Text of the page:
Annette Briley and colleagues from Tommy's Baby Charity here surveyed 1,000 women about how they felt during pregnancy, reported the online edition of Daily Mail.
The survey found that three in five women were surprised by how emotional they felt while being pregnant. Two thirds felt even more exhausted than they expected and more than half needed more reassurance than they would have anticipated.
Current estimates in Britain suggest that one in 10 women suffer from depression during pregnancy, experiencing symptoms such as low self-esteem, irritability and pessimistic thoughts about the future.
A recent study in the British Medical Journal found that of 9,000 pregnant women, 12 percent were depressed at 18 weeks, rising to 13.5 percent by week 32.
However, the study by the University of Bristol found that eight weeks after giving birth, depression rates fell to 9.1 percent.
The study suggests that depression during pregnancy may be almost as common as post-natal baby blues.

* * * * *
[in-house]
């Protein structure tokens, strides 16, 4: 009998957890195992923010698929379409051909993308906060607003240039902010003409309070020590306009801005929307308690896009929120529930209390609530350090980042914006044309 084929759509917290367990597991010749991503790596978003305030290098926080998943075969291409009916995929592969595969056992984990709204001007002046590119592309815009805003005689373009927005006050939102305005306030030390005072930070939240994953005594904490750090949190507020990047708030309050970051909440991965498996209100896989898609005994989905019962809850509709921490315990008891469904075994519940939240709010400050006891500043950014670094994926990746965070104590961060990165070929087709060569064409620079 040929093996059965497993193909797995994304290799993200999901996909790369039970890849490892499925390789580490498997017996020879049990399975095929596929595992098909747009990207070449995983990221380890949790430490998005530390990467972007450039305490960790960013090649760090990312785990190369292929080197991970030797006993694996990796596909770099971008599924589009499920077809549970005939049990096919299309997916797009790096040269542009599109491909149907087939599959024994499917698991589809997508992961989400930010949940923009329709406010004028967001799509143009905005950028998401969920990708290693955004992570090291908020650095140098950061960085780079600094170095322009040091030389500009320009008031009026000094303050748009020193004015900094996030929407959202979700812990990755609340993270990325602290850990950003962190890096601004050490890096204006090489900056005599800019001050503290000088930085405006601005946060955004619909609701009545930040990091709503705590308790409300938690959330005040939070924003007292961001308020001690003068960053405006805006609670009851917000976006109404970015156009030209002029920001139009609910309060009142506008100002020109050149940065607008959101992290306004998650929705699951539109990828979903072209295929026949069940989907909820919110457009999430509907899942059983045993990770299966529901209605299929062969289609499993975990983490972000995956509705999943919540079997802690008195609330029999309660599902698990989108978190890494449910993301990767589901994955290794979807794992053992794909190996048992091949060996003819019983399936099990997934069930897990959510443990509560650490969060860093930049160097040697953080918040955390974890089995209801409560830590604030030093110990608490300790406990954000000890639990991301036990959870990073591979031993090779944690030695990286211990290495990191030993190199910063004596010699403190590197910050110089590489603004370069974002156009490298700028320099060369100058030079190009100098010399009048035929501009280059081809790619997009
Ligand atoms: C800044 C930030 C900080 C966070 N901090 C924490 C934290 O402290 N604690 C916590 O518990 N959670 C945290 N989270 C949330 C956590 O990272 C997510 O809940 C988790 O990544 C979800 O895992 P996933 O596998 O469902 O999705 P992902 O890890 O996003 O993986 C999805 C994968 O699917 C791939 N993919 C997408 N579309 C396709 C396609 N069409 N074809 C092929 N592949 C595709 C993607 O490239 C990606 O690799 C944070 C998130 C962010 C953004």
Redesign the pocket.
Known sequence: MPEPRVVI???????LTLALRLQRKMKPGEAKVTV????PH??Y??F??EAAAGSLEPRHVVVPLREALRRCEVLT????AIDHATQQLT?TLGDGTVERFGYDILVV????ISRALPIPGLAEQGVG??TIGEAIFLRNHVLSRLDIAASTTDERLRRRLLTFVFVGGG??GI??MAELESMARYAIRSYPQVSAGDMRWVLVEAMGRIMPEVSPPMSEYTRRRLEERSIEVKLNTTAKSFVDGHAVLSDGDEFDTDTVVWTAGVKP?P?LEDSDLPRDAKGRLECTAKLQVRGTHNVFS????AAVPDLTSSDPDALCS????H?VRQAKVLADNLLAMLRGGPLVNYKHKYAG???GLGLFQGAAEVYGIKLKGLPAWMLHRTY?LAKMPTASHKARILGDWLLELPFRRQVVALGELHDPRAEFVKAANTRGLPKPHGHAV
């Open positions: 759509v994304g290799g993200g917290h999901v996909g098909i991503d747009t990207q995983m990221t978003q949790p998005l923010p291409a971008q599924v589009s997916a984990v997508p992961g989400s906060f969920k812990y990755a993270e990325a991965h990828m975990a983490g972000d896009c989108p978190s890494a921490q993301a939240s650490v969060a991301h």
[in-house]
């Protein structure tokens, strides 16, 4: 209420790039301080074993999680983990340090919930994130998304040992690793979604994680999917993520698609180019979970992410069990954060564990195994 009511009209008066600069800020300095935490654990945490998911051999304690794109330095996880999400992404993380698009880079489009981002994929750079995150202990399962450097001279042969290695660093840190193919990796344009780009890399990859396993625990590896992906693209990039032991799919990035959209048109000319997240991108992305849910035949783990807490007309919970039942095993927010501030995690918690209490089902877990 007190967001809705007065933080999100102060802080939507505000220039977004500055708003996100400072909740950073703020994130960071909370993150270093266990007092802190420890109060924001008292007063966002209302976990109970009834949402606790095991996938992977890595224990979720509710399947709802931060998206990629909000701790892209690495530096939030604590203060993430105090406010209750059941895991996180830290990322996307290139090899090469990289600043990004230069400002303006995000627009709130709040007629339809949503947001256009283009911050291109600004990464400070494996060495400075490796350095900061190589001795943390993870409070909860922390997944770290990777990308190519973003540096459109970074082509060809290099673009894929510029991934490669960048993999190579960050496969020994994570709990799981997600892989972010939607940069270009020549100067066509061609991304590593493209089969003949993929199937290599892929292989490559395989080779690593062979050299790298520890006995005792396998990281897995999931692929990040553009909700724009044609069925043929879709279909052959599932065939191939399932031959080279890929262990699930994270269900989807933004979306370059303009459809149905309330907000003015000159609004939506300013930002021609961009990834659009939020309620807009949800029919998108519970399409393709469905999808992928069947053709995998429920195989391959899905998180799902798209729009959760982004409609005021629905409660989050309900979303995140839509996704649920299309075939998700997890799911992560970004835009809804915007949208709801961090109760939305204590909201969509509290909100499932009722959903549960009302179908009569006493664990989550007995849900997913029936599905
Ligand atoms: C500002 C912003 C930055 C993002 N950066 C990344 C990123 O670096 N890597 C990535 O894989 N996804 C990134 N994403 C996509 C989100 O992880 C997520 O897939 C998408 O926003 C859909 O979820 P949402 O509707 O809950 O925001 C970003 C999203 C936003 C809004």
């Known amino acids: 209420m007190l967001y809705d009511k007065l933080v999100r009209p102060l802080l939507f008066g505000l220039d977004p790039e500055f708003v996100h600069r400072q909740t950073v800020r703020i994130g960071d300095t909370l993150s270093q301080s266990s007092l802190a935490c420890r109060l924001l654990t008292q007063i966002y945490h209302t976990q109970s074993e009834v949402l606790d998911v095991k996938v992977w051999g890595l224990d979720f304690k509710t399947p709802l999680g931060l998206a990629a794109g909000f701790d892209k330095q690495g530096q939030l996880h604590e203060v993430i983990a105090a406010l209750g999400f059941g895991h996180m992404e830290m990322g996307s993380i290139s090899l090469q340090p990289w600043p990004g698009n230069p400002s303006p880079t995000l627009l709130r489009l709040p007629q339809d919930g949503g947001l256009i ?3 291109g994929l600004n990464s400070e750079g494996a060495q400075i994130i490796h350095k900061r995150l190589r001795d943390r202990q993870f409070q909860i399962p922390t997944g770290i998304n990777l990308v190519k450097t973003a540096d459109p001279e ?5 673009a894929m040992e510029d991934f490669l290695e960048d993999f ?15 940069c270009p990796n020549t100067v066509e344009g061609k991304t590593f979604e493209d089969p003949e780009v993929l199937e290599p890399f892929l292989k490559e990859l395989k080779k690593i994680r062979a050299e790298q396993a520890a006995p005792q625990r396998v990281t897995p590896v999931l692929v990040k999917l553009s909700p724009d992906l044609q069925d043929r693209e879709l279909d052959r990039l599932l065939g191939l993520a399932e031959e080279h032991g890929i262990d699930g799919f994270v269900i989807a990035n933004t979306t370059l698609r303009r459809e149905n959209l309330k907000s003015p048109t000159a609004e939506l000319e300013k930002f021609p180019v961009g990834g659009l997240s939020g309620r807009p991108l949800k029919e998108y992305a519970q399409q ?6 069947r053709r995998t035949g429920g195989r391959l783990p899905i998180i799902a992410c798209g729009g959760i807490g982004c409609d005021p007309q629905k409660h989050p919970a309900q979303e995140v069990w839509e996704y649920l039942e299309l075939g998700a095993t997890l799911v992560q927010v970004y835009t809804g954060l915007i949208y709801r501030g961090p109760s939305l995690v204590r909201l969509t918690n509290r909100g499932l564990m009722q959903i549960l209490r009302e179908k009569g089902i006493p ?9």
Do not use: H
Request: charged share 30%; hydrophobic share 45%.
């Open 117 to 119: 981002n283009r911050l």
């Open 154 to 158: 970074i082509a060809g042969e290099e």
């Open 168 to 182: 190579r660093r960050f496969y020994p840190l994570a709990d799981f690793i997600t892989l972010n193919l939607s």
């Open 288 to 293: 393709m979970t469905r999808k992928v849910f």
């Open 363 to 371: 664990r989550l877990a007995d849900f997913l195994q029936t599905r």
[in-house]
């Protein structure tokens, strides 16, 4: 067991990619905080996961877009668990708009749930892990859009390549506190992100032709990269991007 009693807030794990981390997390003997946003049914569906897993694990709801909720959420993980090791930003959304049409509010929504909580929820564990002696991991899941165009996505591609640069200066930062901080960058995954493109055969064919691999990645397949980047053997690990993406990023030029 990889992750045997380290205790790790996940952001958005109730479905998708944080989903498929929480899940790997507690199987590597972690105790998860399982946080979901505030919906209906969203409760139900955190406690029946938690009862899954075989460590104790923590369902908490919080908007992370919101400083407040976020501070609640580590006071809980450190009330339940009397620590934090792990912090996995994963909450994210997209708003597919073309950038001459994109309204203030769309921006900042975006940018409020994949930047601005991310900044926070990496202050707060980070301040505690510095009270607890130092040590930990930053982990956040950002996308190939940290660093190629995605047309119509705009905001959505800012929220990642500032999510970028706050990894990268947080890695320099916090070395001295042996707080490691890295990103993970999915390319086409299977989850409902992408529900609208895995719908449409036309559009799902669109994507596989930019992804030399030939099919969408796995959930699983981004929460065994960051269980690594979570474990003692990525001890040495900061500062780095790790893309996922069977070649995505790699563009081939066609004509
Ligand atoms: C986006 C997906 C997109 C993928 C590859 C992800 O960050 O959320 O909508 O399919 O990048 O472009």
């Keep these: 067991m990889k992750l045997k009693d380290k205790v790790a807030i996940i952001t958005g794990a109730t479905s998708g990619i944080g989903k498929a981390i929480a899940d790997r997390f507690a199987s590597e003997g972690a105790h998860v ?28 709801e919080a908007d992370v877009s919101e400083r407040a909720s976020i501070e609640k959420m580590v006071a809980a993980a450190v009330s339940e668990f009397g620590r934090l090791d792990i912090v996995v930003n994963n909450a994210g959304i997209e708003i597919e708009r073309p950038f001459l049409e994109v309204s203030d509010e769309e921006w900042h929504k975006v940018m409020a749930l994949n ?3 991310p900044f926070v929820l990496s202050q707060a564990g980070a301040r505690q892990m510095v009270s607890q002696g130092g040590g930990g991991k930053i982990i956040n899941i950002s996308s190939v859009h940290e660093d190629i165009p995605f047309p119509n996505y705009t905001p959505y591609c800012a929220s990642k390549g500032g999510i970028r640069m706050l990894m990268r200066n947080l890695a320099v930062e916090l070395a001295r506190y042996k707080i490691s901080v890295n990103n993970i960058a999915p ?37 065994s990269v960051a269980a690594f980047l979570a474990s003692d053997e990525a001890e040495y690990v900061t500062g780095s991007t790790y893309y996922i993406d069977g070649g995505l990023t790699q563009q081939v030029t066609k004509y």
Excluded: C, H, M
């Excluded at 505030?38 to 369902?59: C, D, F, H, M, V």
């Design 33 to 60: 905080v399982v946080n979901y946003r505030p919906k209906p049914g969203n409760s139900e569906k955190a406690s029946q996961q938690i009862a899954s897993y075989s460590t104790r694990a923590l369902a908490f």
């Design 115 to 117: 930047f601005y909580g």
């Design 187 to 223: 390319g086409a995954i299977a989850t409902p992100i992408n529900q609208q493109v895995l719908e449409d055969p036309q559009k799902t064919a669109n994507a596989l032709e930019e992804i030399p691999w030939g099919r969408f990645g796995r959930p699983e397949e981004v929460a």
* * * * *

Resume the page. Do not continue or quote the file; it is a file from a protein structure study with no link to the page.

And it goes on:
"The transition from adulthood to parenthood is a massive life change and people put pressure on themselves to be perfect," said Briley who works as a midwife at the St. Thomas' Hospital here. "Previous generations thought 'to be good enough was okay'. Now people think they have to be the best."
Briley added that the pressure to match up to celebrities, who bloom during pregnancy and then bounce back into shape within weeks of giving birth, could trigger low self-esteem in some women.
Those who are depressed should seek medical advice as they could be helped by counseling or support groups, Briley said.